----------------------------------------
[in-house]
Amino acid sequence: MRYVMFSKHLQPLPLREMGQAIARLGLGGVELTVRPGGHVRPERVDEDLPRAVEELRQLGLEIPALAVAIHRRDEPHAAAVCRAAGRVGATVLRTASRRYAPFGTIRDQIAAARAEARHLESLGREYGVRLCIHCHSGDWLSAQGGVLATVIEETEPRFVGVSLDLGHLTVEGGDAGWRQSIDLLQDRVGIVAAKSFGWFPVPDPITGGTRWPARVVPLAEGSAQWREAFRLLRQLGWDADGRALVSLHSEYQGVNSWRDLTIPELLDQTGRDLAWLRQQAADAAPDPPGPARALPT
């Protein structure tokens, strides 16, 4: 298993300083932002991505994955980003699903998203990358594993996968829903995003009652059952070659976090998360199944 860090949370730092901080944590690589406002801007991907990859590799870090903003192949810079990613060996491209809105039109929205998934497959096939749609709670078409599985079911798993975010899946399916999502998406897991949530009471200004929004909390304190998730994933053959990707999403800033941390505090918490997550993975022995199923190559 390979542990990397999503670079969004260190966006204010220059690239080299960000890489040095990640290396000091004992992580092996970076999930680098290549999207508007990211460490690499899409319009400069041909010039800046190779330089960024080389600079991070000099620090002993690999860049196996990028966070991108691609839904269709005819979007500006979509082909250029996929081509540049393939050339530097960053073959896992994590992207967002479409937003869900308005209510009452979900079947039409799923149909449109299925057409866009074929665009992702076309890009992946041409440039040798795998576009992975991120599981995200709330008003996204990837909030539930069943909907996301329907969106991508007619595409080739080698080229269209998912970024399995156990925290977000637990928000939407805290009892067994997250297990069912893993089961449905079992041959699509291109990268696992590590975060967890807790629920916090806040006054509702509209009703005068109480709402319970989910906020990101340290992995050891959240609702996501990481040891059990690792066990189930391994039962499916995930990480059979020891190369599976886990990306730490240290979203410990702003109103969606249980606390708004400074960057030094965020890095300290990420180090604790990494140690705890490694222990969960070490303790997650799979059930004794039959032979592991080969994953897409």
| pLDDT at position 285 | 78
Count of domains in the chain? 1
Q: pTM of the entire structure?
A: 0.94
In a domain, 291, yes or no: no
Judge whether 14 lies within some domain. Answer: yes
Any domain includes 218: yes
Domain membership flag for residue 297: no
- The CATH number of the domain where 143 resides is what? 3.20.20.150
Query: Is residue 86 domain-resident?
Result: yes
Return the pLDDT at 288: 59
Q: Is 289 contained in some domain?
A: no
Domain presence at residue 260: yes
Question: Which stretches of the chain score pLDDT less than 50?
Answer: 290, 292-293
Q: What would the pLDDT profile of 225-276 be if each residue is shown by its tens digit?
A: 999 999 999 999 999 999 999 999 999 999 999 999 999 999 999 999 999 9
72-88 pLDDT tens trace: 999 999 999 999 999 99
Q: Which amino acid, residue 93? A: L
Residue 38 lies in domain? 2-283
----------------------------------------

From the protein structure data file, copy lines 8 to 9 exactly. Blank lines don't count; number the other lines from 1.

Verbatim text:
In a domain, 291, yes or no: no
Judge whether 14 lies within some domain. Answer: yes